As evidenced by our adage at Paso Wine Barrels of ‘all barrels, all the time’ along with maybe too many ideas in our heads, this fictional yarn is about French barrels that make their way to the Americas. This may eventually be a book, but we wanted to offer our fans and readers a first look – chapter-by-chapter.
Bernard, or Bernie as he becomes, has a long journey ahead of him with ordeals underlying the predicament with wine barrels – they are attractive to start and help make great wines, but then after their use, most anything can and does happen to these once beautiful crafted oak barrels. We chronicle the life of this majestic and beautiful French oak wine barrel along with the trials and tribulations over many years. Also, this tale will take into account his other wine barrel friends and a near death experience with a dramatic rescue that could save his life.
Ron Hier wrote the main story with Daryle Hier helping and adding to the tale. Daryle and Jo Hier are the editors. Follow along and hopefully you’ll have fun and learn a little something about the world of wine barrels … from the barrel’s perspective.
In The Beginning
South of Paris, among the principal stands of oaks in the middle of France and the French forests, are some of the best white oak trees in all of Europe, if not the world. To the west near the Atlantic Ocean on the Garonne River is Bordeaux, one of the larger cities in France but more importantly one of the great wine regions of the world.
It is here that Bernard the wine barrel was born in a cooperage (barrel manufacturing plant). At that same time, three other barrels: Henri, Francois and Mael were also born. Bernard’s first words to his friends was “Bonjour mes amis, je suis Bernard le tonneau de vin” or “Hello my friends, I am Bernard the wine barrel.”
After he was made, upon examination Cooper (the fellow that was in charge of building Bernard) declared him another handsome French made oak wine barrel, with all of his parts in good shape. His staves were beautiful, his head, chime and croze (very end of the staves), all in good order, with his steel hoops fine and his stave joints perfect.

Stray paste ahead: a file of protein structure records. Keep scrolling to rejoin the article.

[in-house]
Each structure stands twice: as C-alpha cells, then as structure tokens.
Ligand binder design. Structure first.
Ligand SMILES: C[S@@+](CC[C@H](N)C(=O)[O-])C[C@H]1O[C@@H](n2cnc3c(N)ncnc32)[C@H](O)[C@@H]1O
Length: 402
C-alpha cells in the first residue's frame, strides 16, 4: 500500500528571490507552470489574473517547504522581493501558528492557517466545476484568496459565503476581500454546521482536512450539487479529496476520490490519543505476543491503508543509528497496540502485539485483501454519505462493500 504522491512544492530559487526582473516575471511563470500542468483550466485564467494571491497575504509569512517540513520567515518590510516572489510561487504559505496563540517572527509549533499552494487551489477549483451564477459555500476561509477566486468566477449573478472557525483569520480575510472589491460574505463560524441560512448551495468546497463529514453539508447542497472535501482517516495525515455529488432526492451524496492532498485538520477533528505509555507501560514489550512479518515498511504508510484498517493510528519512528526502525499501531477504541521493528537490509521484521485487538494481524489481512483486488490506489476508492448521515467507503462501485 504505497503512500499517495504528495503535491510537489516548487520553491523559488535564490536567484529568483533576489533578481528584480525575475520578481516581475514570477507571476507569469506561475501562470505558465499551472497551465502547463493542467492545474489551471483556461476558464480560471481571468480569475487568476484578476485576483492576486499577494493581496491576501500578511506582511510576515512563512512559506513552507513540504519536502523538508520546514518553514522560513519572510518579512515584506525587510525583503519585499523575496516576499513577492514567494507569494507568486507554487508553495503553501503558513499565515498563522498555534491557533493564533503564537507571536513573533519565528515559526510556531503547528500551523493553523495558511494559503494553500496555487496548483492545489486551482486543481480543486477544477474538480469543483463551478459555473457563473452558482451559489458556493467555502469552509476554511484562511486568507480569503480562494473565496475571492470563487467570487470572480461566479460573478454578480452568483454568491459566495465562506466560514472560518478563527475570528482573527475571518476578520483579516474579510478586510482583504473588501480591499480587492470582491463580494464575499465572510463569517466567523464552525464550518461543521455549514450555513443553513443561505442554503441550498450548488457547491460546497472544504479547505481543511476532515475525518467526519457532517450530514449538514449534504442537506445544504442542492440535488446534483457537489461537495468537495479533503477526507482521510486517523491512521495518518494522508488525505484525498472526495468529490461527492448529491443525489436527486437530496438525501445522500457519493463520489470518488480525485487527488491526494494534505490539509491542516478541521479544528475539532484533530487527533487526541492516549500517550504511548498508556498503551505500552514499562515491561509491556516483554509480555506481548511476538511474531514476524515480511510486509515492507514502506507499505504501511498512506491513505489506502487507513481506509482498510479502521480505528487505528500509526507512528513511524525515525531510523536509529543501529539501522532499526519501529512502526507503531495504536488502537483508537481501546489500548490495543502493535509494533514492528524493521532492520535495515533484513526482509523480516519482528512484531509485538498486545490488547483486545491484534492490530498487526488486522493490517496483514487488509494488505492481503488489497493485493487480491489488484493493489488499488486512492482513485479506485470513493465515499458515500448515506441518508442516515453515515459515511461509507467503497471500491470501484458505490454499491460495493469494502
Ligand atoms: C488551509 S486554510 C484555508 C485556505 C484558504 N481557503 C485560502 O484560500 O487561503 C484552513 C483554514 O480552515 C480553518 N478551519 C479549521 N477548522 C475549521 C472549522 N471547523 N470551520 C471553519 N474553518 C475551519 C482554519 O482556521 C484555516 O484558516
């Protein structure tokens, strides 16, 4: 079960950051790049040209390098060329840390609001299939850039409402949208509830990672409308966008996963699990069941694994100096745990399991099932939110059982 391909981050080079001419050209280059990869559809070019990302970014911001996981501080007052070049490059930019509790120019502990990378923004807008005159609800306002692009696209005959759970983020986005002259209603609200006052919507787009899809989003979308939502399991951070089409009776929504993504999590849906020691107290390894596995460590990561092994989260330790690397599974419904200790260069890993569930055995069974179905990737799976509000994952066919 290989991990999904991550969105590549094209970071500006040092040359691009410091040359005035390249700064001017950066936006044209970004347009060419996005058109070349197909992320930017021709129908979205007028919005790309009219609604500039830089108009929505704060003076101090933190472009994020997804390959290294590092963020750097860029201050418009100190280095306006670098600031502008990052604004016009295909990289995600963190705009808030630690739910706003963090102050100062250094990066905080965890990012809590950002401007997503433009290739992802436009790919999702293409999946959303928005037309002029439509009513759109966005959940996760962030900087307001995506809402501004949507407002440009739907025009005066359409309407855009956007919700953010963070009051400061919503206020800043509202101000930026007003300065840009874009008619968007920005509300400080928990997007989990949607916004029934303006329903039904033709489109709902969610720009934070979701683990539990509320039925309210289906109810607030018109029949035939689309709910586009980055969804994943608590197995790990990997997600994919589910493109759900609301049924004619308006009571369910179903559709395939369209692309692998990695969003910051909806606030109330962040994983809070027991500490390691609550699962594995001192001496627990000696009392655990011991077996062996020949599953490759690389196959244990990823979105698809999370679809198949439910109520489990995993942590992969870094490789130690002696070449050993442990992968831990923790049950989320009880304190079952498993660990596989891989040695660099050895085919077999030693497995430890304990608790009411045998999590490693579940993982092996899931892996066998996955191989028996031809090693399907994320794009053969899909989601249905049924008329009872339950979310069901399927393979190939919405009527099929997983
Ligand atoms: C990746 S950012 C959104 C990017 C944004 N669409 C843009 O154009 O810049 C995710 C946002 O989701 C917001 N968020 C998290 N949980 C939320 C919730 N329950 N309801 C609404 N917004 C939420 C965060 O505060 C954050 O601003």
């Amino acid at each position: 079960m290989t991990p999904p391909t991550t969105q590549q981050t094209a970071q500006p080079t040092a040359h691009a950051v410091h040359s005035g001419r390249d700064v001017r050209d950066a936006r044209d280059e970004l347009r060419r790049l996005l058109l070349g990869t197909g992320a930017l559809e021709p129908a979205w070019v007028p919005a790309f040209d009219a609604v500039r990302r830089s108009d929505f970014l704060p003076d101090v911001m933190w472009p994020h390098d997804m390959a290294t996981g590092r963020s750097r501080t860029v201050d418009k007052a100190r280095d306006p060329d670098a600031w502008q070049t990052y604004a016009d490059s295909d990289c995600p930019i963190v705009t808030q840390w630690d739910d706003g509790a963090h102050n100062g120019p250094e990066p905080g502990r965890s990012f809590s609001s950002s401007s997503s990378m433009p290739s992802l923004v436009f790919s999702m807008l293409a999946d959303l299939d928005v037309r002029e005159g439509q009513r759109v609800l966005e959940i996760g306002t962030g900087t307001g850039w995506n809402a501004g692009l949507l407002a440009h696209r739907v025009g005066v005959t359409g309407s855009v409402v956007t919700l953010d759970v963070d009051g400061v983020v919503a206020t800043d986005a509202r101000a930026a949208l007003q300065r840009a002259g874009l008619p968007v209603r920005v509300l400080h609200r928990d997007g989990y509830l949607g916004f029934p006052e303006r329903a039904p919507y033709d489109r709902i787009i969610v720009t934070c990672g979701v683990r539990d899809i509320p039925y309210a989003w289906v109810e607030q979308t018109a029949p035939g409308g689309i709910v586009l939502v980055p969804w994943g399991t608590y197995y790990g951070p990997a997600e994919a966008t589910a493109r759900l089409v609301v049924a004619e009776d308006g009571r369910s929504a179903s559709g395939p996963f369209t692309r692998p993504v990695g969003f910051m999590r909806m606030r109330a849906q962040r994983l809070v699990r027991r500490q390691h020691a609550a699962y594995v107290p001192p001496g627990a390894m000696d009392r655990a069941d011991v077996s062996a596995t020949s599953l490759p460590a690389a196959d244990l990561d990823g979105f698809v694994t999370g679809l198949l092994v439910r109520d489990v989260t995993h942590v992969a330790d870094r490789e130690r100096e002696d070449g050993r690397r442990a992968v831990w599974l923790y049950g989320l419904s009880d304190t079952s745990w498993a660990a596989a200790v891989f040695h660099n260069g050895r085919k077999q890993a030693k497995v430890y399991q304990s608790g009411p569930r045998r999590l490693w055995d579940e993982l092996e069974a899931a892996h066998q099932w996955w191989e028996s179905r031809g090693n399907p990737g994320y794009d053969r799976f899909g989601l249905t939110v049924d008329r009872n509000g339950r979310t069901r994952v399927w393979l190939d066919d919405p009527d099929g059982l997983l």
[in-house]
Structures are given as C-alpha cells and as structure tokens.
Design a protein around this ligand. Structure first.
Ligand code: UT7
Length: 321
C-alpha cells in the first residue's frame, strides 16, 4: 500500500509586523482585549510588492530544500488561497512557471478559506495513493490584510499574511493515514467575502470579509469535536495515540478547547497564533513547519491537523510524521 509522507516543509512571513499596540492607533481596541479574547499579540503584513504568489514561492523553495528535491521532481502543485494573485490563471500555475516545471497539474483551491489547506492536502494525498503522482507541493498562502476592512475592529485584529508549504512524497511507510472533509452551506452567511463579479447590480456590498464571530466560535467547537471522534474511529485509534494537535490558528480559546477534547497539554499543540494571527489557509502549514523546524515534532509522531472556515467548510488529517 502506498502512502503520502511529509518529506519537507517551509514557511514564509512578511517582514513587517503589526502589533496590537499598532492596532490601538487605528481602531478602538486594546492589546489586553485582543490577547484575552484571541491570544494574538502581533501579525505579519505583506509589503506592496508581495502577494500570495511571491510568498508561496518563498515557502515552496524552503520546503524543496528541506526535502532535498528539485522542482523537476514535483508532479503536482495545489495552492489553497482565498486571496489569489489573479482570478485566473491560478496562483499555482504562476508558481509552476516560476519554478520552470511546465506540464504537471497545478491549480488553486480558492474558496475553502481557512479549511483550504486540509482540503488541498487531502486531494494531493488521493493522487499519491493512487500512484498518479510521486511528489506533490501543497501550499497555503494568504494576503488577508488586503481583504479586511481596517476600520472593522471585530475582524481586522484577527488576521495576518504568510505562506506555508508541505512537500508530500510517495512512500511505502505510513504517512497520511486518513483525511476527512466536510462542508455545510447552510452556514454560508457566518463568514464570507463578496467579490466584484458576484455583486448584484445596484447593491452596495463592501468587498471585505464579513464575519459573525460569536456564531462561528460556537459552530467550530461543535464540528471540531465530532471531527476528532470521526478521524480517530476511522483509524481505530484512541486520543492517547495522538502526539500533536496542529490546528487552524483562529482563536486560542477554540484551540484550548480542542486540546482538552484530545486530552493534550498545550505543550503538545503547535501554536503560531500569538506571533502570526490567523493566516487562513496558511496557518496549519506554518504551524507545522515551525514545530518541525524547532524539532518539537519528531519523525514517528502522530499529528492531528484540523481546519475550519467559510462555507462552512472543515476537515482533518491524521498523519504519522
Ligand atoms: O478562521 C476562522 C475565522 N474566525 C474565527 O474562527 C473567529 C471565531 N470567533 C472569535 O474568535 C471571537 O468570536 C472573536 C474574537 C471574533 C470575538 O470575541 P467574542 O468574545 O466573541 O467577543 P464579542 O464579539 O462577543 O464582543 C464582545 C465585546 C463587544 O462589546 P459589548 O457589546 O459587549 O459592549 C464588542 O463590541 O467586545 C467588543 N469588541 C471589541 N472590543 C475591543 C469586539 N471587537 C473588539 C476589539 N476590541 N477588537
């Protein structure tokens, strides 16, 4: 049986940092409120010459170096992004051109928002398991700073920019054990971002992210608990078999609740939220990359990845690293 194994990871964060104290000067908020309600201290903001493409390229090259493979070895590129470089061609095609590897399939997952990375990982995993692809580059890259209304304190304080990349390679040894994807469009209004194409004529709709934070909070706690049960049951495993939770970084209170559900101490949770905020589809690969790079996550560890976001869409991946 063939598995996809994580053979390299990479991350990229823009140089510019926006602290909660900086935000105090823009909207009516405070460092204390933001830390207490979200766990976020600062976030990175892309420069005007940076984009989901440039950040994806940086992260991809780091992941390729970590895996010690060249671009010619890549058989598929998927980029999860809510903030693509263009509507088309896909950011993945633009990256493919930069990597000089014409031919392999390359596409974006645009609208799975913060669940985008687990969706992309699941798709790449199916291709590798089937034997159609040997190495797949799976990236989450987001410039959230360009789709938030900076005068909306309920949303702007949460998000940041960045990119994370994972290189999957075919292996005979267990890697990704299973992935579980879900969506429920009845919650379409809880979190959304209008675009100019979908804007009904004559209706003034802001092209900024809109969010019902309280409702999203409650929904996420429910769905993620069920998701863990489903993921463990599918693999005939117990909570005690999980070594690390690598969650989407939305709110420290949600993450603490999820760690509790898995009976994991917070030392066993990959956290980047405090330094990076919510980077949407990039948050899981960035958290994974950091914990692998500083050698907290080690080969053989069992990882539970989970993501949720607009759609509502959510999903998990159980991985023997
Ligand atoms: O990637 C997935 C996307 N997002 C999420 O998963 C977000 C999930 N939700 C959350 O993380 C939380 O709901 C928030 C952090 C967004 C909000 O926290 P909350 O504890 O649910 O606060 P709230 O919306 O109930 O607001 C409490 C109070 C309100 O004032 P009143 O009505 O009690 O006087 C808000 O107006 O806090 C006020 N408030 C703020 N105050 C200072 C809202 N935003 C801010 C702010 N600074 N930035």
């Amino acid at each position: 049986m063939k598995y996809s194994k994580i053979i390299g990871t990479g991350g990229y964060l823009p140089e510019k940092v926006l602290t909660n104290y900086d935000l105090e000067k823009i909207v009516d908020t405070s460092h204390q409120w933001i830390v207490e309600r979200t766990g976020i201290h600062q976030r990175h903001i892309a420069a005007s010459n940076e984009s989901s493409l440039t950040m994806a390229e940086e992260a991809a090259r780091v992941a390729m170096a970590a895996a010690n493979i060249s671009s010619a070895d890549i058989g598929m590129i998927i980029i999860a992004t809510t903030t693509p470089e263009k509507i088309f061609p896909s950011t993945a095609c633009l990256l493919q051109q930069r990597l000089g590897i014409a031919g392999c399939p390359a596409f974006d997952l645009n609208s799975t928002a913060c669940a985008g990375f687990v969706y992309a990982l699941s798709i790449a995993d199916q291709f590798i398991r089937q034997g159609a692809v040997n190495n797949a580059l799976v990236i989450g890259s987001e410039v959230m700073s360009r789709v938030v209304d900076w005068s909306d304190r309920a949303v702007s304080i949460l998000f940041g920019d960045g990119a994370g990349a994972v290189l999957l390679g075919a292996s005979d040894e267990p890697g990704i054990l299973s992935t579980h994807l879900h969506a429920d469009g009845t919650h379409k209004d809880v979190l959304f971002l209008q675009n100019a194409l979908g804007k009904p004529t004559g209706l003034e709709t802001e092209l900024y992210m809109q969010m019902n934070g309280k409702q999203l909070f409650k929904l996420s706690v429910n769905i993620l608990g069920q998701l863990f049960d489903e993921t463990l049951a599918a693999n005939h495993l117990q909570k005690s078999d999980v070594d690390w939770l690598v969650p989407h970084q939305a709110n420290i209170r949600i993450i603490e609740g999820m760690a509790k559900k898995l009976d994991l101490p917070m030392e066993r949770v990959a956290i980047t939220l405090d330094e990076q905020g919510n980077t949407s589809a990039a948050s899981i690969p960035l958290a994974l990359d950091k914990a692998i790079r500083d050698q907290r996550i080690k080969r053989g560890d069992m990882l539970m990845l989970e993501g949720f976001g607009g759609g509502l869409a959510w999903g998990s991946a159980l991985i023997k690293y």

Shortly after final inspection, Cooper built a fire inside of him (don’t worry it’s okay, this happens with most new barrels and it doesn’t hurt), it’s called “toasting” and according to Cooper it made Bernard a better barrel capable of producing beautiful wine. Said Bernard after the extraordinary process, “Look at me, here I am a brand new barrel and I’m already toasted.”
He was indeed a new and beautiful barrel but as it was for all other wine barrels, they don’t stay in the cooperage very long and Cooper was getting ready to send them away soon. Bernard said the four friends should call themselves the Four Musketeers – “One for all, all for one” he encouraged, along with “En avant”, meaning onward.
These French oak barrels were very fine and tighter than other white oaks, giving the qualities that ensure flavors to a wine that are more subtle, yet silkier than other countries and regions. The Musketeers were all synonymous in their quality, great-looks and noble pride as French oak barrels and that wherever they were going, they would try to stay together and always keep themselves presentable and make France proud – but this would be easier said than done.
Excited about the idea of being part of another great Bordeaux wine, France would not be these particular barrel’s final destination. Bernard was stacked in a warehouse on end with a bunch of other barrels and after looking around, much to his surprise, his friends, Henri, Francois and Mael were not there. He knew then that the Four Musketeers were separated and had not even had a chance to become close friends. What now?
Great wines are made in oak barrels and great wine is likely in the four Musketeers future. Still, Bernard and friends would discover soon enough that they were in for quite a world-wind ride, creating fine wines as some of the best oak barrels on Earth. But what awaits in a new world?
Ron and Daryle W. Hier